But another thing has changed between the first eleven chapters and the final ten as well.  The contrast between peoples’ reactions to Jesus has become much more evident; and their differences, much more clearly defined.  And in today’s passage, John presents us with a stark, day-and-night contrast between Mary of Bethany, on the one hand, and Judas Iscariot, on the other.


For three years, Jesus has been struggling to engage his audiences all over Galilee and Judea in what our passage from Second Isaiah calls the “new thing” that God is doing.  He has invited them into a vision of the kingdom of God, or “eternal life” as John calls it.  That life is not something that takes place only after death.  Instead, it is new way of relating throughout our lives to all of God’s people.  It is a way of living that puts the focus on serving the needs of others, rather than focusing on our own wants and desires.  Mary immerses herself in that vision.  Judas increasingly rejects it.


Mary’s action in anointing the feet of Jesus with such expensive ointment is over-the-top; and that is what John obviously intends to portray.  Her commitment to Jesus and to his vision results in an action of extravagant generosity.  She has fully immersed herself in the new thing that God is doing.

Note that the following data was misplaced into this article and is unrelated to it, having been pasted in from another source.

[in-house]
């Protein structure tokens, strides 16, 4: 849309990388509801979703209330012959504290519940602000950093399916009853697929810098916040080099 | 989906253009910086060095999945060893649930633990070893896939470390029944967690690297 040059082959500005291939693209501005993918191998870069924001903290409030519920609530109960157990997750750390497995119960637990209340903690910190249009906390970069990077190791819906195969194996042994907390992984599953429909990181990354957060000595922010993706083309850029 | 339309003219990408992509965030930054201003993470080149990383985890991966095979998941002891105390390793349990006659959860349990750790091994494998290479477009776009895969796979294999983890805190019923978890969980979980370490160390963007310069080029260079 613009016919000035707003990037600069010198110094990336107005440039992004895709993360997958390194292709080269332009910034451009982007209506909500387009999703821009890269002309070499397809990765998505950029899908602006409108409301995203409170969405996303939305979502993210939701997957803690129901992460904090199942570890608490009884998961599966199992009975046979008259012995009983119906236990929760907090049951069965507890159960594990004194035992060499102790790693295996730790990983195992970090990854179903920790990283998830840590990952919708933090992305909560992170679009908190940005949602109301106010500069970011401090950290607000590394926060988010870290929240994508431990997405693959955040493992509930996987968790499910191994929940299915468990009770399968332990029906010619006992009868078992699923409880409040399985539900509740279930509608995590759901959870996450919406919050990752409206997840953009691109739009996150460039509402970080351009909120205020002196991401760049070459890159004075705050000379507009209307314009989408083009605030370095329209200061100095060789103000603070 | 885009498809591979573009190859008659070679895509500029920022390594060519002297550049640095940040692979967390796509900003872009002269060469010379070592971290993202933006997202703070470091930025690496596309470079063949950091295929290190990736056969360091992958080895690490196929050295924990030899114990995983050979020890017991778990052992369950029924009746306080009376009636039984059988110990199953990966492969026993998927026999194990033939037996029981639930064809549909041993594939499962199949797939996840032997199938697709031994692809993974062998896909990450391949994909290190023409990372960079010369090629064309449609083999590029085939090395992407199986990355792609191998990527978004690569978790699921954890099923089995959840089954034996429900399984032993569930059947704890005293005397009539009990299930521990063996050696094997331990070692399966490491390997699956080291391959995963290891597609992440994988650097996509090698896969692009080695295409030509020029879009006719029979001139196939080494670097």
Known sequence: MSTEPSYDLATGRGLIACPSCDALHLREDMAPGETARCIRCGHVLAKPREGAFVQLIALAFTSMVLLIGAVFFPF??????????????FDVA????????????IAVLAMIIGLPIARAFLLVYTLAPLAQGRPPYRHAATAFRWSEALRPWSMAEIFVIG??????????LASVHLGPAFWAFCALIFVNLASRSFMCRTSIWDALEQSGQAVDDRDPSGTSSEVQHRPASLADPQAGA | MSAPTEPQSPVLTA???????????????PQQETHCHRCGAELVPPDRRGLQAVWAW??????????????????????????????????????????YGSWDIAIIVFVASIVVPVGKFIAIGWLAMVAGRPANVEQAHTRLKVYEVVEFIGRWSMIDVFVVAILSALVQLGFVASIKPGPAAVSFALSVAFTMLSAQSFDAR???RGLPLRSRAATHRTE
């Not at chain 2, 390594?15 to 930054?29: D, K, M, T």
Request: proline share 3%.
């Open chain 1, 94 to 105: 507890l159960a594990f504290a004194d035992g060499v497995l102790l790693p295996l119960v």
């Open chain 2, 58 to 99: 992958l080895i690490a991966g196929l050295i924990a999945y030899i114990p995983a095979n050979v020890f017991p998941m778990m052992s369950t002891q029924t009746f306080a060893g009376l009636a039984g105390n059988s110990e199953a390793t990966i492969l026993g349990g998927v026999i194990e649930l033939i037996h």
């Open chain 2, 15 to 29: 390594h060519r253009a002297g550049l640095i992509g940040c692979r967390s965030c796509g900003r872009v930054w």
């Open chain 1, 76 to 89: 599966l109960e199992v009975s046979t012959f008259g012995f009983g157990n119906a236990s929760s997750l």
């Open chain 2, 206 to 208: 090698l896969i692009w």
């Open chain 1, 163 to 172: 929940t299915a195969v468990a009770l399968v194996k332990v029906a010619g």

Judas, on the other hand, is pictured as traveling in the diametrically opposite direction.  He has made the decision to go back to old, primitive ways of living, to ways that are all too familiar in the history of the human race.  He, who at first must have accepted at least something about Jesus’ vision of a life of service to others, has now increasingly retreated into a more and more narrow focus on himself and on his own interests and on what he can obtain and control for himself.  John tells us that Judas had become a thief, stealing from whatever money Jesus and his disciples had.  In just a few days, his greed will lead him to betray a friend, a teacher, for thirty pieces of silver.  Humanity’s past and its self-centered ways apparently had such a hold on him that he was unable, or unwilling, to live in God’s future.